VINTAGE items provided a blast from the past for farmers at the Landmark clearing sale at Gabbin last Tuesday.
Robert Clare and his wife Bev had their sentimental items up for grabs on their Purlieu Farms property, which they have sold.
Their next move is enjoying retired life in York – Robert’s son Stuart lives in the town, where his parents plan to live there on a small town block.
“York is hopefully somewhere it rains a bit more than here,” Mr Clare said.
Mr Clare, who is in his seventies, said it took two people to run the 8750 hectare farm and with Stuart away from the farm, the time had come to give it up.
Rusted vintage items such as a GL 250 Grister which went for $150 and a six inch (15cm) Grister that sold for $225 were some items that attracted bidding from vintage aficionados.
Other items that had a dark brown rust to their cast iron body included a set of Sunshine combine cast enders which sold for $340 and a ASCO scale with a nailed-on wooden frame, which sold for $10.
The history on this farm was enough to make any collector envious.
A wooden trolley, that resembled two wood railway sleepers with rusted metal wheels, sold for $300; a vintage sewing machine with a foot pedal stand went for $140 and an antique International grader that Mr Clare’s father used to maintain roads in and around Gabbin, sold for $900.
Landmark auctioneer Grant Lupton threw the hammer down on a 2003 Isuzu 385 tandem drive truck (150,000km), with a six metre (20ft) tray, hydraulics and a ring feeder, for $90,000, which was the top sale price.
Other machinery sold included a Nissan 2.5 tonne diesel Forklift ($5750); a New Holland TR88 header (3867 rotor hours, $3000); a Wespray R3650 36m (120ft) boomsprayer with a 5000 litre tank and twin lines ($70,000); a Morris 370 Eight Series XL air cart with a 3800L liquid injection tank ($74,000) and a 820 Flexi-Coil bar on 30 centimetre (12in) spacing and press wheels ($15,000).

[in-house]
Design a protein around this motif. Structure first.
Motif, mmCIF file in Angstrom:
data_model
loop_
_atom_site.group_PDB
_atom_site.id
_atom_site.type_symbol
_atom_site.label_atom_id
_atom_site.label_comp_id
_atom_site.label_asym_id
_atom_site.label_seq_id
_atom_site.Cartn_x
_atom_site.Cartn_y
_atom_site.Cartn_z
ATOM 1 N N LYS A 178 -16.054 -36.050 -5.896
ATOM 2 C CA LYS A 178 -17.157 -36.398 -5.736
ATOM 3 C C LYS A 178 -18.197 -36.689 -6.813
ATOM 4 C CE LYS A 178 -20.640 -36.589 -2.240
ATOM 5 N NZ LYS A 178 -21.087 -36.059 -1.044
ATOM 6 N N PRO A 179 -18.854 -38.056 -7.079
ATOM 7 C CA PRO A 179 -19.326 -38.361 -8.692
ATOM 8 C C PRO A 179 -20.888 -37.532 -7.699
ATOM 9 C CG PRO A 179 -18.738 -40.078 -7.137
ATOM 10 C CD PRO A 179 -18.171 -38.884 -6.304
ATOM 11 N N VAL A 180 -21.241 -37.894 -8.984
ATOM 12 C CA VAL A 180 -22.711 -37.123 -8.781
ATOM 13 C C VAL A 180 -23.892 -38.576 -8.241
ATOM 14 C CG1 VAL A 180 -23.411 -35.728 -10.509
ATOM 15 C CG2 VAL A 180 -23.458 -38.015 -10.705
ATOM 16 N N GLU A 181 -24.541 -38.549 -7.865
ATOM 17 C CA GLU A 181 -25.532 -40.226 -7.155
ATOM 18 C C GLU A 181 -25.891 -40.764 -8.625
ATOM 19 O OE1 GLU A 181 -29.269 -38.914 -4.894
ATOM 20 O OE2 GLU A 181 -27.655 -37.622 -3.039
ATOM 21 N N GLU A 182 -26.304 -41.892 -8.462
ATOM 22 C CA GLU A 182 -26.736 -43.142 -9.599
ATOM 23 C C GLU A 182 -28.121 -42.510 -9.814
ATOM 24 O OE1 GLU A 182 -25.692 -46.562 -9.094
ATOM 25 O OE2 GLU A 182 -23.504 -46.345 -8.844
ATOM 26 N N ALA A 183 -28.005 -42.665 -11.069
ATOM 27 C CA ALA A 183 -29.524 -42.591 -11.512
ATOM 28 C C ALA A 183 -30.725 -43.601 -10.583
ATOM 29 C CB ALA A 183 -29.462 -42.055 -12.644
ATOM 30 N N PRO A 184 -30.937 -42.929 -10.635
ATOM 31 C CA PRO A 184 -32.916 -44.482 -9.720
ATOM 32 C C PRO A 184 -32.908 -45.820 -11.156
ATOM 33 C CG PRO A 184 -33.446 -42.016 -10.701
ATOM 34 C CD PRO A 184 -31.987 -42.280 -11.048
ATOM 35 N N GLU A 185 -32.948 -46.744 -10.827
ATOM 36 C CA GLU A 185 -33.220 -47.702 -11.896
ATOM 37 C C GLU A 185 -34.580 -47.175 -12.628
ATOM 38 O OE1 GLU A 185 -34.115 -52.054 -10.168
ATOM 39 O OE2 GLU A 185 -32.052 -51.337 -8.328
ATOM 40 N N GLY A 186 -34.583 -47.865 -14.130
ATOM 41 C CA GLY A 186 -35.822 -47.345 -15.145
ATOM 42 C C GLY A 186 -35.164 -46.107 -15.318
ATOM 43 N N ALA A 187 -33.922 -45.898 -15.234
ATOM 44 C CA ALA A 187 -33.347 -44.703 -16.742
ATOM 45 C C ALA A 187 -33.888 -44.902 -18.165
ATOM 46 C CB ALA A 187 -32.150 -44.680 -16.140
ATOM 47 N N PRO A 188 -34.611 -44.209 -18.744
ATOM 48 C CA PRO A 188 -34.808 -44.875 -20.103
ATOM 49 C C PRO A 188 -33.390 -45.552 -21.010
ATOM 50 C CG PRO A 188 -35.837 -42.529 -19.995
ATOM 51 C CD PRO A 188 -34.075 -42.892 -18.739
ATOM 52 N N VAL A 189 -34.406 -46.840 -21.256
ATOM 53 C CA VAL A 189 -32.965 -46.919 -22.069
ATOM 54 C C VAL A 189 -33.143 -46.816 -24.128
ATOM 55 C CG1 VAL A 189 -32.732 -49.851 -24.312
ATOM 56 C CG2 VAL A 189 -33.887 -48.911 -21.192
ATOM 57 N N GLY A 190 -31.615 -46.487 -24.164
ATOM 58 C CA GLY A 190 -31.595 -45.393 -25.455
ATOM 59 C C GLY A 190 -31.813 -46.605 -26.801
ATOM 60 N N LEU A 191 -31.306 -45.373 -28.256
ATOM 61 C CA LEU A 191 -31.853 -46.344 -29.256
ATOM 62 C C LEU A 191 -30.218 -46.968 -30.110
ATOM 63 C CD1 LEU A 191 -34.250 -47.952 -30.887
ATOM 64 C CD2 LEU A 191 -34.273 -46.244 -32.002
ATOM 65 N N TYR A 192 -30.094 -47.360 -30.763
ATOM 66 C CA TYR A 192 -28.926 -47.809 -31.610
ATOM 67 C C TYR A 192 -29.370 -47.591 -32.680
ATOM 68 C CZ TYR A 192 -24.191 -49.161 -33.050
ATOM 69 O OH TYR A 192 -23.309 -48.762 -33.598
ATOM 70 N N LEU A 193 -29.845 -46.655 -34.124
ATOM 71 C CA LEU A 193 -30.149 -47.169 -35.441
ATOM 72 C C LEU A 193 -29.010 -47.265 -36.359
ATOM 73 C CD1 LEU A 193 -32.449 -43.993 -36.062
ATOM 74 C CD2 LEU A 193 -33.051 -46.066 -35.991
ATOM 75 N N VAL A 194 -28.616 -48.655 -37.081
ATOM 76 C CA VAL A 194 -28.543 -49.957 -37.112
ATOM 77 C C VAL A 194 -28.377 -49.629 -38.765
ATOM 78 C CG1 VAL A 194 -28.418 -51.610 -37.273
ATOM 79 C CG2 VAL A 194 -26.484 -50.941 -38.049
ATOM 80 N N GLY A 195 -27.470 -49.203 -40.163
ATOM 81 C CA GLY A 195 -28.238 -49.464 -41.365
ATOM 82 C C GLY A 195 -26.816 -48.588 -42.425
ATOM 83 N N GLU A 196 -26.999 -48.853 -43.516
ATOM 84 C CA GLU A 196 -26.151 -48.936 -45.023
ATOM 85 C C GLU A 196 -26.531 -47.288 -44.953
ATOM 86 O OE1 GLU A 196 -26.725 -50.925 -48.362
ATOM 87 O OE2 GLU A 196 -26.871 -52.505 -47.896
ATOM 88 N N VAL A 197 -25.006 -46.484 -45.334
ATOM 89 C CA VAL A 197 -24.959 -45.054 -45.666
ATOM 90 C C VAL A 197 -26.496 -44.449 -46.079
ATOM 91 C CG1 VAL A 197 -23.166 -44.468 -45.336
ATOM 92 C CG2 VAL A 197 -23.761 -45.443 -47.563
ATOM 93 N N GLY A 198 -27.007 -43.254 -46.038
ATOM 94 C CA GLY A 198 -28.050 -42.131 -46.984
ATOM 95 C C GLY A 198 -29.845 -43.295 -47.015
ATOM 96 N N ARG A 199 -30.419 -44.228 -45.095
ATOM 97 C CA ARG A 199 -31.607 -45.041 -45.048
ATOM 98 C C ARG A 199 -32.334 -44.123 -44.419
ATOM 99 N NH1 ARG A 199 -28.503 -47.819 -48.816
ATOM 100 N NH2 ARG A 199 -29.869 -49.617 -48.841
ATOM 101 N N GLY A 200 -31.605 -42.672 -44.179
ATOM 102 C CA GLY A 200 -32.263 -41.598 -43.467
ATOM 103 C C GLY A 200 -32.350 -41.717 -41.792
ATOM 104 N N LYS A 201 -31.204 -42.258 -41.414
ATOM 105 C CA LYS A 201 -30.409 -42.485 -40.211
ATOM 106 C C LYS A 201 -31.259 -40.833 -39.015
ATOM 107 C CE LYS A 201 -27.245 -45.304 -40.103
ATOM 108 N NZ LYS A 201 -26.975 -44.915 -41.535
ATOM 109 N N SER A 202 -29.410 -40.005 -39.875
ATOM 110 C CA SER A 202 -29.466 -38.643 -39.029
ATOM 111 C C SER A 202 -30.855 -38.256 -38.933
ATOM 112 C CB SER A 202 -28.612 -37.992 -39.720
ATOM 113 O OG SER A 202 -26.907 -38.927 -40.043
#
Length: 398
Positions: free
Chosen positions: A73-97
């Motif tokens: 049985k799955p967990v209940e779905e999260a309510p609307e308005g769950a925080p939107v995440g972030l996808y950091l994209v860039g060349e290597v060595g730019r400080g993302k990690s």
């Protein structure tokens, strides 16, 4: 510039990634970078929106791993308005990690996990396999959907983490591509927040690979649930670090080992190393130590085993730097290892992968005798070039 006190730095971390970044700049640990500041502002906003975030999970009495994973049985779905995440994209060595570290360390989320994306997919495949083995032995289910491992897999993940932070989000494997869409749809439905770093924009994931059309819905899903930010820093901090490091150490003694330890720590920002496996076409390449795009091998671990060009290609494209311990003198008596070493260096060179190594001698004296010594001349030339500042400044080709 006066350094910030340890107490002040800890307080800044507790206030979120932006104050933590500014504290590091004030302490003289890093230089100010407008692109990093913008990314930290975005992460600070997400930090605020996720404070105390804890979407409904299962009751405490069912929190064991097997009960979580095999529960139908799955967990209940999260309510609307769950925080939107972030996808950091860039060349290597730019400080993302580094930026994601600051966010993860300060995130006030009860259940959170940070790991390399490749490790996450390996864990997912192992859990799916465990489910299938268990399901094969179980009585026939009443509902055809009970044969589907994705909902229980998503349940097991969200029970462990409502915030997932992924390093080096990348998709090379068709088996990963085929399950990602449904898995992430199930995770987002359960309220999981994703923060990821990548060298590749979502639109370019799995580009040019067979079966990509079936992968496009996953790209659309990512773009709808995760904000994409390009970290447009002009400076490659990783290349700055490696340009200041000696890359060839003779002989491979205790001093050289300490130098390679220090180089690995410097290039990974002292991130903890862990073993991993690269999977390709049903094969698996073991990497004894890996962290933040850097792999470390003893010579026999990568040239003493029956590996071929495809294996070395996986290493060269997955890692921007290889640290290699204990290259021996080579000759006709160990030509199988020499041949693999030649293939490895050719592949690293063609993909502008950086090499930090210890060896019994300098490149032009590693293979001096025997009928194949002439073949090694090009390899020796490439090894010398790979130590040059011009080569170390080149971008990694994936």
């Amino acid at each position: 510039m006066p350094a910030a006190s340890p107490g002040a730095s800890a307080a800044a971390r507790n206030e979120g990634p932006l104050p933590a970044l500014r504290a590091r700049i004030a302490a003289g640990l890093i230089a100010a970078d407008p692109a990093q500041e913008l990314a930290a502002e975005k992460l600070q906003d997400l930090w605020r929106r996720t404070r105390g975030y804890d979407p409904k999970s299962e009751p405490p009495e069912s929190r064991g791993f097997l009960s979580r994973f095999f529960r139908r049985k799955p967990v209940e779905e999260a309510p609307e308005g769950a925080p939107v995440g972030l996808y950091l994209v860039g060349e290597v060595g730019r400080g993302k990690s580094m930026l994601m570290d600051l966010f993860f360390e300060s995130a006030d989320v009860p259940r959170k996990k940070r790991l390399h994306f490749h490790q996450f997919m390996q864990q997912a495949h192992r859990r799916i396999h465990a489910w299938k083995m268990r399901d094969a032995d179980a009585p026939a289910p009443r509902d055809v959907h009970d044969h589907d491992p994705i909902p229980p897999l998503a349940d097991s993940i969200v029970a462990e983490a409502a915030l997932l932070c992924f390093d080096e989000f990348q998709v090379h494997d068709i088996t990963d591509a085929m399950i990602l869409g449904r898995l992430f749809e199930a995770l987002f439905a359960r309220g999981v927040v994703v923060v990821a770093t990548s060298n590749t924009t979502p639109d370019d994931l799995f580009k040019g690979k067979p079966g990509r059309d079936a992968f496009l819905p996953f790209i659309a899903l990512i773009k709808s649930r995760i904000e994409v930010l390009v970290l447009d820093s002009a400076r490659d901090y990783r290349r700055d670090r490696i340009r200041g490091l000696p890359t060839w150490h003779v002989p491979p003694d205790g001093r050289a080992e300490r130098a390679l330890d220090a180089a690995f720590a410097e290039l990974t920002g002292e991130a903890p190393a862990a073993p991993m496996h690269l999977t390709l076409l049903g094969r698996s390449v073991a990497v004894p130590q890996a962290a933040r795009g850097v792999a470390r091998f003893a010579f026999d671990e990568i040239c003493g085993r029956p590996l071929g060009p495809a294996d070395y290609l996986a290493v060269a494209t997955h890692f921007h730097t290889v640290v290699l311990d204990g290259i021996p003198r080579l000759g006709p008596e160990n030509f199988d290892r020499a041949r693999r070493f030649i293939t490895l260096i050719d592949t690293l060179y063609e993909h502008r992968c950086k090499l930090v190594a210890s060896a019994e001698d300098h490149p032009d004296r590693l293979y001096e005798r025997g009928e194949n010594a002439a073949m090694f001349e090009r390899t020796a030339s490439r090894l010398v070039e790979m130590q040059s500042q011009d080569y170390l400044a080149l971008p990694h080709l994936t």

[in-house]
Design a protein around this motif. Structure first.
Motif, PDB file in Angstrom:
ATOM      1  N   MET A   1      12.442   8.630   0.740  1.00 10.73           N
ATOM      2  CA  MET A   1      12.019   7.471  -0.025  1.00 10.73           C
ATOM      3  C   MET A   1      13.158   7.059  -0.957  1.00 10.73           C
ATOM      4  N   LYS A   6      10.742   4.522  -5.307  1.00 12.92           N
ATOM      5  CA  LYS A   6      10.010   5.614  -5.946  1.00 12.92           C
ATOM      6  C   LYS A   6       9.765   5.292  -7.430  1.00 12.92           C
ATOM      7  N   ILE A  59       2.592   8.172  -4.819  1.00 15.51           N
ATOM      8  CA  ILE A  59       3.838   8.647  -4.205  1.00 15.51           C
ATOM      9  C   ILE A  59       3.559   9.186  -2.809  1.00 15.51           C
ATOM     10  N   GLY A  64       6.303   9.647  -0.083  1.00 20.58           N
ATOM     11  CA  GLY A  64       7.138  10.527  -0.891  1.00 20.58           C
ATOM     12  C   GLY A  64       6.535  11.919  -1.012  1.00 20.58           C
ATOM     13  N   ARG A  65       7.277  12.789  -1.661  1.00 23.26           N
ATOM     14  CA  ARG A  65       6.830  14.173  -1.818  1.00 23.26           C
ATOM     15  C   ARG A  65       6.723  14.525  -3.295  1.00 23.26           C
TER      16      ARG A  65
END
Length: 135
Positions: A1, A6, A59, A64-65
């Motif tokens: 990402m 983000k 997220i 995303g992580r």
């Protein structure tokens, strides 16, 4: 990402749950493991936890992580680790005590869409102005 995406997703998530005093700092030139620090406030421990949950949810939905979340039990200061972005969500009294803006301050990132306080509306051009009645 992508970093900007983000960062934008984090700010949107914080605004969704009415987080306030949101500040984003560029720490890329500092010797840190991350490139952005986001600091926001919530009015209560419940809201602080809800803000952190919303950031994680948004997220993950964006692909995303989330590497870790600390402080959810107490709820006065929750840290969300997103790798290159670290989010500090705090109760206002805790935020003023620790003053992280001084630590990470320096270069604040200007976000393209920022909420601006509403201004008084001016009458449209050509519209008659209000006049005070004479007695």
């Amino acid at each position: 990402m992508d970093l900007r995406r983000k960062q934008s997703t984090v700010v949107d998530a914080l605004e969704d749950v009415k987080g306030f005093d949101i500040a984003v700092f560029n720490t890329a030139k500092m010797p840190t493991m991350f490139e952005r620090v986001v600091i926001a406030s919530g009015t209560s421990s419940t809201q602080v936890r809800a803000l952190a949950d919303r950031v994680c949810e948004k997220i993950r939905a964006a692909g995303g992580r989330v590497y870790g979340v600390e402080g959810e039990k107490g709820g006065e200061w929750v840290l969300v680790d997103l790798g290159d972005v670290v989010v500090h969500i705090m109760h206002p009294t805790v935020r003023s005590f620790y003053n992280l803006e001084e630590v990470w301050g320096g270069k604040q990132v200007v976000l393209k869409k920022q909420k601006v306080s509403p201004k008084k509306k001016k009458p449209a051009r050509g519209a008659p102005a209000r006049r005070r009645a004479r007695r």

A DE Engineers seed cleaner with attached storage and screens, went for $40,000 while a 5 metre (17ft) 35 tine International scarifier with finger harrows, in good condition, sold for $200.
Two unlicensed vehicles that had seen better days – a Daihatsu ute and a Triton ute – sold for $100 each.
Another big item of the day, and the last item in the machinery section, was an Ennor 28 series 96 plate offset disc that sold for $48,000.
A large ute sheep crate sold for $100 and a smaller crate, in an older condition, sold for $10.
A total of 10 tonnes of spreadable urea sold for $260/t, with 12,000 litres of Hitech black liquid urea selling for $1000 and 25t of DAP attracting $13,500 at $540/t.
Grain left in storage was also up for grabs with 12t of Mandalup lupins selling for $370/t and 20t of Durack/Williams oats selling at $150/t.
A graded 4t of wheat seconds sold for $50/t and 25t of graded Mace wheat sold for $200/t.
A pallet of 150cm (6in) new black steel posts, sold for $380, while a pallet of 165cm (6.5in) galvanised posts sold for $750.
A box of Ez-Steer equipment sold for $4600, with most GPS equipment topping the sundries sales.
Lambing cradles are hot property for anyone running sheep, and a five station lamb cradle, near new, was knocked down for $1700.
A small lambing cradle with a three station lambing cradle went for $100.
A TPW wool press went for $8000 with an AJAX press sold for $200.
Out of the 265 lots, 23 were passed-in and 50 per cent of those were household items such as ironing boards, old tins, apple glassware and a punch bowl.